DENVER – Canonical this week moved to simplify its service offerings in an attempt to lower cost and attract more customers looking to jump into the open source game. The move also comes ahead of a planned initial public offering that could handsomely compensate the company’s staff.
The move is under its Ubuntu Advantage (UA) for Infrastructure program that consolidates enterprise security, compliance, and support for up to 10 years. It consolidates that support for Linux, Kubernetes, Docker, OpenStack, KVM, Ceph, and Swift.
Ubuntu is Canonical’s distribution system for Linux, designed to run on computing devices, network servers, and in the cloud. It includes an OpenStack version and a Kubernetes option. It also is the basis for most public cloud instances including Microsoft Azure, Amazon Web Services (AWS), and Oracle Cloud.
The UA for Infrastructure platform offers three levels of support. The basic is the “Essential” level that provides for kernel live patches, security fixes, and infrastructure management. It also covers regulatory compliance for Linux and infrastructure components, including base Docker images.
The “Standard” and “Advanced” levels include technical support for open infrastructure, the development of long-term fixes to specific defects, and legal assurance.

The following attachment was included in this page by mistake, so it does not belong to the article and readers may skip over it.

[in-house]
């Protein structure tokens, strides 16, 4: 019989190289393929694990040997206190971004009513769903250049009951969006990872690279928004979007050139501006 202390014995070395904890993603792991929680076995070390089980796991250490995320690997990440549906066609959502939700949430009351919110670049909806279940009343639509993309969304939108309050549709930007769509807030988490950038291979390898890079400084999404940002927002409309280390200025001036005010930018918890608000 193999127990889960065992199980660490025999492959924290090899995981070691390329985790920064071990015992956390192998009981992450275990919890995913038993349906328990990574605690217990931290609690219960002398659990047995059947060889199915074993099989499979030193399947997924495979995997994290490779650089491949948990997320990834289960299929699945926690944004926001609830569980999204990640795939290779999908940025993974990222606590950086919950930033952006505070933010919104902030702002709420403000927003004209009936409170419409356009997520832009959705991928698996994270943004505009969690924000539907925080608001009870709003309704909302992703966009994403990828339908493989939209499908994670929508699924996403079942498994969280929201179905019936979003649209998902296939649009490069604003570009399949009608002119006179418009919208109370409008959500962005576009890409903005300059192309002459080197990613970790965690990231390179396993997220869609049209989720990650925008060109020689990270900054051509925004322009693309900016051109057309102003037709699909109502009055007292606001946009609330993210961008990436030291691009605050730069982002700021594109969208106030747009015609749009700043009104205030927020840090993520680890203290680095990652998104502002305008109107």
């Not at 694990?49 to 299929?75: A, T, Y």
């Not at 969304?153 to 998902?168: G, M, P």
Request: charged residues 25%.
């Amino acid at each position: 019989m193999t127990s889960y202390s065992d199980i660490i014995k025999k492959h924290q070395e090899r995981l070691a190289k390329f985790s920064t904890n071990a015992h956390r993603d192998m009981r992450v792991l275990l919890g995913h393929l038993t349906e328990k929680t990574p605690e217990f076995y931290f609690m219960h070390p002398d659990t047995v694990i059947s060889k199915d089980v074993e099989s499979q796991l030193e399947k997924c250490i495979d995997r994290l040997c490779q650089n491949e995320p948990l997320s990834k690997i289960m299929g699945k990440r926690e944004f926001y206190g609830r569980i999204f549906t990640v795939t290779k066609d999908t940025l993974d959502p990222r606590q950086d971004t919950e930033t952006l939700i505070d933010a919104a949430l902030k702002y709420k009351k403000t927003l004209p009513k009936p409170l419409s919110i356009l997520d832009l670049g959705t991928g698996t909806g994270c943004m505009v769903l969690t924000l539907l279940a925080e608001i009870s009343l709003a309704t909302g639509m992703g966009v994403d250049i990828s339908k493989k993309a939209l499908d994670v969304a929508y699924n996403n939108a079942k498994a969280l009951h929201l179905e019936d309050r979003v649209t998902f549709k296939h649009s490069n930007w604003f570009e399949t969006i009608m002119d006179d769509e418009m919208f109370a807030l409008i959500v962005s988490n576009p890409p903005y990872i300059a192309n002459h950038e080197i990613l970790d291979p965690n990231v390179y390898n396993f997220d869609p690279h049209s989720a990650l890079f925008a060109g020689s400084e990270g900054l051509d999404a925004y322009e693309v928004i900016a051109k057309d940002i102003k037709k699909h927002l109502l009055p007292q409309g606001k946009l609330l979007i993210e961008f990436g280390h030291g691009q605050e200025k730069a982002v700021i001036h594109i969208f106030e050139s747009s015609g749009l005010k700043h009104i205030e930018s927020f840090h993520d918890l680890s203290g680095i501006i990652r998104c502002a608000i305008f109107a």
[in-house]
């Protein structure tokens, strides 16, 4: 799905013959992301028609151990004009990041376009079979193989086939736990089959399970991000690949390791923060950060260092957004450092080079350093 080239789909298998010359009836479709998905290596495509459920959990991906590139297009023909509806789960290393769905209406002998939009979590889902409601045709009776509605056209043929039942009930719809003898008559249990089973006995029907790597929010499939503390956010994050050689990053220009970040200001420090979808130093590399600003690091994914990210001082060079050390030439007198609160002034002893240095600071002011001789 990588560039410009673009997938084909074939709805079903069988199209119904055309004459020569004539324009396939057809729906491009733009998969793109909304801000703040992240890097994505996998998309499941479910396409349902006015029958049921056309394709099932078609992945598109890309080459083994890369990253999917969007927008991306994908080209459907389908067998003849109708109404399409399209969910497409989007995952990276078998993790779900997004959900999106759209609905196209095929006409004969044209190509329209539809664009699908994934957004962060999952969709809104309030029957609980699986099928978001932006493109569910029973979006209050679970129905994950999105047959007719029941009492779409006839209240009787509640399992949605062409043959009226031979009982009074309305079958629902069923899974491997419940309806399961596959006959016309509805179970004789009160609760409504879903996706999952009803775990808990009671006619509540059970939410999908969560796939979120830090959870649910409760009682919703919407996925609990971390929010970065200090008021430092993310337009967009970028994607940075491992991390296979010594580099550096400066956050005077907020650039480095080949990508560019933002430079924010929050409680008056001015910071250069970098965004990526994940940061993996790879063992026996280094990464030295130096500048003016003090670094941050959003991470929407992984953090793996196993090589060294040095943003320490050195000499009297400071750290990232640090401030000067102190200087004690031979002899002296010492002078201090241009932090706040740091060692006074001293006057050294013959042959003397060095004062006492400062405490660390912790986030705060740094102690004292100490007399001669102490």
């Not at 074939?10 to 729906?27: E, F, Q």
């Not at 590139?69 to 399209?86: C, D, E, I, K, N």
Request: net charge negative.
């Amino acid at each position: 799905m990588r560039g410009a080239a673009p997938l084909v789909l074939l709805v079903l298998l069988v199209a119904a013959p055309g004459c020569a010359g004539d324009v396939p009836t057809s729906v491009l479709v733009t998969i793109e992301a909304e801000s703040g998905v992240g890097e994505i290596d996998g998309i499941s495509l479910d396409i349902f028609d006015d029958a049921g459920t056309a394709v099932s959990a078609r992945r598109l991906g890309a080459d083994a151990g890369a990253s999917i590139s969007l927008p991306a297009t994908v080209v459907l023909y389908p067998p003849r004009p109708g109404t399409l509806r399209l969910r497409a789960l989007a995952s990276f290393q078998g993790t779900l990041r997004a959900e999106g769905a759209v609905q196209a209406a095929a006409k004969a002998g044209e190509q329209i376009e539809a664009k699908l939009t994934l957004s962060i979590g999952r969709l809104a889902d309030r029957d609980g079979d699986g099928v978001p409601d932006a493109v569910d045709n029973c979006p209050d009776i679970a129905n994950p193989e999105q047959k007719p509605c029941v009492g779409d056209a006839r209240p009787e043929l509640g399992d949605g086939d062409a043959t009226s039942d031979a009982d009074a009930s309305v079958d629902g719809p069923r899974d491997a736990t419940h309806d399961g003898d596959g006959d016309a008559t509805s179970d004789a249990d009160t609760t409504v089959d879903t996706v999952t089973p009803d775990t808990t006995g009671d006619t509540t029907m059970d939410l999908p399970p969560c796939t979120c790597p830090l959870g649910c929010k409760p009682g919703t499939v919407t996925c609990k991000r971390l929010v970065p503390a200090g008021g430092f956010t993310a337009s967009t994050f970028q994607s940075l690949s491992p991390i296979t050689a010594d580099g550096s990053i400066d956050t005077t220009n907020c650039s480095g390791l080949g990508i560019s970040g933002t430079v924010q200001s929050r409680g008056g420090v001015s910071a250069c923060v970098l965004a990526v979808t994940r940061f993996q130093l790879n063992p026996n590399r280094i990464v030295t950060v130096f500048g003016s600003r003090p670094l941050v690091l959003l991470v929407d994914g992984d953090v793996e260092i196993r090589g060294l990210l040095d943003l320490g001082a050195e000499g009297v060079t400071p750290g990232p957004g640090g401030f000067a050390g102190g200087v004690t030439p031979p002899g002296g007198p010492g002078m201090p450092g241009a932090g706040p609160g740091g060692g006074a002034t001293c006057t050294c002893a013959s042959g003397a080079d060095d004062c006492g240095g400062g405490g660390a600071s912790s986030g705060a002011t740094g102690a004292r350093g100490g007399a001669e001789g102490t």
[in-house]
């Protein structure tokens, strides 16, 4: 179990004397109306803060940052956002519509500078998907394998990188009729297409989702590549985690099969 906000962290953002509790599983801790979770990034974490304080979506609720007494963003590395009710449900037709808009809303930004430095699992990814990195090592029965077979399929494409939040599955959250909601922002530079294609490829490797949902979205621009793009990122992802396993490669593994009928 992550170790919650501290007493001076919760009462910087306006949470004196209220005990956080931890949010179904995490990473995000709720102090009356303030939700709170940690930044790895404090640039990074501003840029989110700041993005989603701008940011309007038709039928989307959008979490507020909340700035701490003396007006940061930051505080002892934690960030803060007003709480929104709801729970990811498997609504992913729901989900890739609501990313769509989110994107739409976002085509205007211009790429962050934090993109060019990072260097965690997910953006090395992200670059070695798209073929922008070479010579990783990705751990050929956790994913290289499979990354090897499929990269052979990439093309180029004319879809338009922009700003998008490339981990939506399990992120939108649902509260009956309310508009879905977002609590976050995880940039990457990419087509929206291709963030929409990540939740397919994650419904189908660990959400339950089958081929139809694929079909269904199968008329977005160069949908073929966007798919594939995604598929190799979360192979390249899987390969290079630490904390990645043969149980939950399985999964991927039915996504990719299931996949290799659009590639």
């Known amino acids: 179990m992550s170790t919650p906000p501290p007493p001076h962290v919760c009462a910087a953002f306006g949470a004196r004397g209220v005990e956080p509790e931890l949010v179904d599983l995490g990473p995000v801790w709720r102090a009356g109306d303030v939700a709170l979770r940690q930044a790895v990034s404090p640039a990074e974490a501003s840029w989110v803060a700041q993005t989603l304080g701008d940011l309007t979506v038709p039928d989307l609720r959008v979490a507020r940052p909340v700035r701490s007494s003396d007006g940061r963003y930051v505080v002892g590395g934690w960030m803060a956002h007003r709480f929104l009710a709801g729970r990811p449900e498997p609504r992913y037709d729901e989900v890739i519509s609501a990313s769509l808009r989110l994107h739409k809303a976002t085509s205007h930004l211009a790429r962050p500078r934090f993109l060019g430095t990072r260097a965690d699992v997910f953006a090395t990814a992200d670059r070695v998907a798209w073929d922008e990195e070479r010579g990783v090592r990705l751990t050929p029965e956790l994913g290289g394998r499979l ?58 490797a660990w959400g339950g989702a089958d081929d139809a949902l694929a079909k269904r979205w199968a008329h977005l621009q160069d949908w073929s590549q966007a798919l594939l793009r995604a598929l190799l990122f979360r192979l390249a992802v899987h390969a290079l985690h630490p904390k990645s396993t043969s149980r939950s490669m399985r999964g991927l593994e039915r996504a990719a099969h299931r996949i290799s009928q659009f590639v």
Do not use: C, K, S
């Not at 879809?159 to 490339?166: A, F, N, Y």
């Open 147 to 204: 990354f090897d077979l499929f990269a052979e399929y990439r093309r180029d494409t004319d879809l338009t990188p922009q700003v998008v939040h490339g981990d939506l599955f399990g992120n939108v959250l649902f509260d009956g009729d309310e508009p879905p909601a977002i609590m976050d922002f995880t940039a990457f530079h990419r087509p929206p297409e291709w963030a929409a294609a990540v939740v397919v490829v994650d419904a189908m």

During a keynote address at this week’s Open Infrastructure Summit (OIS) in Denver, Canonical CEO Mark Shuttleworth said the move “removes some of the friction for people wanting to embrace open infrastructure.”
Canonical also explained that the move will drive down deployment and management costs for enterprises running large-scale Linux operations. Competitively, the company notes the program is even more targeted at what it terms more expensive offerings from rivals Red Hat and VMware, “which require additional licenses per host or per [virtual machine (VM)] for capabilities like OpenStack and Kubernetes.”
That positioning is becoming more important as Red Hat is in the process of being acquired by IBM for $34 billion, which will boost its ability to target the large enterprise space. VMware is a part of the larger Dell conglomerate, and VMware recently closed on a $550 million acquisition of Kubernetes-focused startup Heptio.
IPO Plans Remain
Shuttleworth in a separate interview at the OIS event also said that Canonical remains on track for a long-gestating IPO. Those plans were initially hinted at in mid-2017.
Shuttleworth stated two reasons behind the IPO move: the first was to tap into the public markets to help fund a company that is basically serving as a public utility so it’s appropriate for Canonical to look for public funds; and also “it’s the right way to reward the management team.”
“Since we made that decision just over two years ago, the business has grown substantially,” Shuttleworth said. “We have gained a bunch of efficiencies and solidified our self-sufficiency. I am very satisfied with what our team has done.”
Shuttleworth has been the primary source of outside funding to Canonical since he founded the company in 2004. Shuttleworth did add that he is focused on maintaining the company’s core values even “if you are being measured on specific metrics. You could [lose that focus], but we won’t.”